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Slightly hidden off the busy strip of Hillsboro across from Hill Center, is a full-service alteration shop for men’s, women’s and children’s clothing.
From detailed orders to minor repairs and other sewing work, owner Linda Say and the shop’s tailors and staff log hundreds of hours each month to ensure everything that comes through the door leaves as a perfect fit.
Say, who previously owned East Nashville dry cleaning shop Nicholson Cleaners for 20 years, took over the decades-old business nearly three years ago.
She and the former owner of Green Hills Seamstress share a common thread—and it’s more than just the same first name. "Linda's first sewing machine was given to her by Wade Elam, and she still had it years later when I bought the store," Say said. “Turns out, I also got my start from [Elam] at White Way Cleaners in Westgate … what are the chances of that?”
Q&A with Owner Linda Say
What is something people might be surprised to learn about Green Hills Seamstress?
We have four tailors here, which is rare, so we’re pretty much able to do any type of alteration. Most alteration businesses have seamstresses, but a tailor can do this line of work at a higher level. When we started, it was just me, my daughter and someone part time. Now between the four tailors, we have more than 100 years of combined experience. I think people would be shocked to know that because when you think of Green Hills Seamstress, you might think of a nice lady sewing, but it’s way more than that here.
You mentioned previously owning a dry cleaner in East Nashville before coming to Green Hills. What is different about owning this business?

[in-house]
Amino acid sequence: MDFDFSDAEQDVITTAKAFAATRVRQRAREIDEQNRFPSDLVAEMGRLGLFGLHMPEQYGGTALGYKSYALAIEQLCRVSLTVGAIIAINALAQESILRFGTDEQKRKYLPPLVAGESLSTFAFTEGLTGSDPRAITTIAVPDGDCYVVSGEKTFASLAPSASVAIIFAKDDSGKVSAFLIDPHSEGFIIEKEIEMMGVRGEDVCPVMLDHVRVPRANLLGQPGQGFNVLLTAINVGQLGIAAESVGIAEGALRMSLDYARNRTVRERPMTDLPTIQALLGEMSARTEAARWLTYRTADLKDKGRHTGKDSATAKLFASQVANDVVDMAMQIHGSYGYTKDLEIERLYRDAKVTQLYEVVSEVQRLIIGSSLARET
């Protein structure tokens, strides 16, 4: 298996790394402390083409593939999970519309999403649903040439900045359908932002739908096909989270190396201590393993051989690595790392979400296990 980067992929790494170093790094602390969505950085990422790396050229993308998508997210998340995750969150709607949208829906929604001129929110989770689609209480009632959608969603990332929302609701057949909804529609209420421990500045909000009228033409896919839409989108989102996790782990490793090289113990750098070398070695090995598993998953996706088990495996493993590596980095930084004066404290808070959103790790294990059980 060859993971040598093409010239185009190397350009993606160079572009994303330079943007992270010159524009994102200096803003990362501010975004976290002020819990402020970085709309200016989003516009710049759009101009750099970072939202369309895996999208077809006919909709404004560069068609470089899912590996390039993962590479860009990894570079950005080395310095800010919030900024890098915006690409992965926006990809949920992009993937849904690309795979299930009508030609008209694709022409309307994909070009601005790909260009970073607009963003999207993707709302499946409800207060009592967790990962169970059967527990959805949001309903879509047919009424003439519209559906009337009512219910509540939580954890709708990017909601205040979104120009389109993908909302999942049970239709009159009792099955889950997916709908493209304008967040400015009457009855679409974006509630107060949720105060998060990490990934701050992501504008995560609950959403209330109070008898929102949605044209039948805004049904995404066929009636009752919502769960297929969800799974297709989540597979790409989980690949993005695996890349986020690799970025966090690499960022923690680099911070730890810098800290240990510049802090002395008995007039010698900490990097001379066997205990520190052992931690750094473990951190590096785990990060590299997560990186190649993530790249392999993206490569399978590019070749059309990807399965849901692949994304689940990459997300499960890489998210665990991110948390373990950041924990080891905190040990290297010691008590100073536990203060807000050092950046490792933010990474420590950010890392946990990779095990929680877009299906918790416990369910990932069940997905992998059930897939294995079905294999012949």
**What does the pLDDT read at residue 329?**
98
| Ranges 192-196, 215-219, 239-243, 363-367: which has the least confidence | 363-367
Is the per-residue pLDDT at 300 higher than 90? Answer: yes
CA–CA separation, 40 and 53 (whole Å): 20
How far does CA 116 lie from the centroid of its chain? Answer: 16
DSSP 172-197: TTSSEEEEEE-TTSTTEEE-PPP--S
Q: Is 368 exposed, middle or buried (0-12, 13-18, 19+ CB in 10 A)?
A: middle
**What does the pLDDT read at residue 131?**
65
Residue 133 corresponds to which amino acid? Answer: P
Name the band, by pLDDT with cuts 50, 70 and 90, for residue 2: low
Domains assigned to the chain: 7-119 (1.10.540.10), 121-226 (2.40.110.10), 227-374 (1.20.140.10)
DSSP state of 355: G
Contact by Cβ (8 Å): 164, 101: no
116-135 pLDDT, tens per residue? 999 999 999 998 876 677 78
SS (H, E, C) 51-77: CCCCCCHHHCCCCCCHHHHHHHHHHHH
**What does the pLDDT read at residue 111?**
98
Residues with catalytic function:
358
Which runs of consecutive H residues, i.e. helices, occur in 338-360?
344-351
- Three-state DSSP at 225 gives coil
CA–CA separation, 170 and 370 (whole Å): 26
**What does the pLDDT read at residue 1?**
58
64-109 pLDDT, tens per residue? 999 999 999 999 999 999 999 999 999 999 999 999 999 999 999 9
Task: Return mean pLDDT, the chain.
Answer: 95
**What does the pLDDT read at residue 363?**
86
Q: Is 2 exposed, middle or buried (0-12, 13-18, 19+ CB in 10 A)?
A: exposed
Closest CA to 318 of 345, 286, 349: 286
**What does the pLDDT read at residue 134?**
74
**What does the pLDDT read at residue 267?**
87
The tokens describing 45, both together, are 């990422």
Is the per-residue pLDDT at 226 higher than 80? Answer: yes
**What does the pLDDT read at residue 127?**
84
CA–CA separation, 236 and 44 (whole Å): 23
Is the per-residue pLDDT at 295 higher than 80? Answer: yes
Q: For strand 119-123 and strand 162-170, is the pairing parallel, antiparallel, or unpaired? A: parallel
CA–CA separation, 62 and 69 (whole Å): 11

I love being able to give that one-on-one service with people. After years of staying busy at Nicholson Cleaners, I’m now able to actually do what I love and having the ability to take the time with each individual customer is priceless to me.
What should people know if they want to have items altered at Green Hills Seamstress?
Ninety-nine percent of the time we are on a one-week turnaround. Some days it’s like a revolving door with people standing in the lobby, while other days we’ll have a couple quiet moments before things hit and it’s back to being busy again. Things really pick up when school starts back due to school uniforms or events like Swan Ball, the Eve of Janus and prom.
Dylan Skye Aycock is a Nashville-based journalist and photographer. As a reporter for Rover, Aycock follows transportation, housing and retail trends, as well as other hyperlocal and city-wide issues that affect residents in Green Hills and Belle Meade.
She previously contributed written and visual content to The Murfreesboro Pulse, American Songwriter Magazine and The Tennessean. Aycock earned a journalism degree from Middle Tennessee State University, where she honed her craft as editor-in-chief of Sidelines, the university's student-run publication. When she's not out on assignment or live-tweeting city council meetings, you can find her discovering new local spots or catching a show at one of Nashville's many music venues.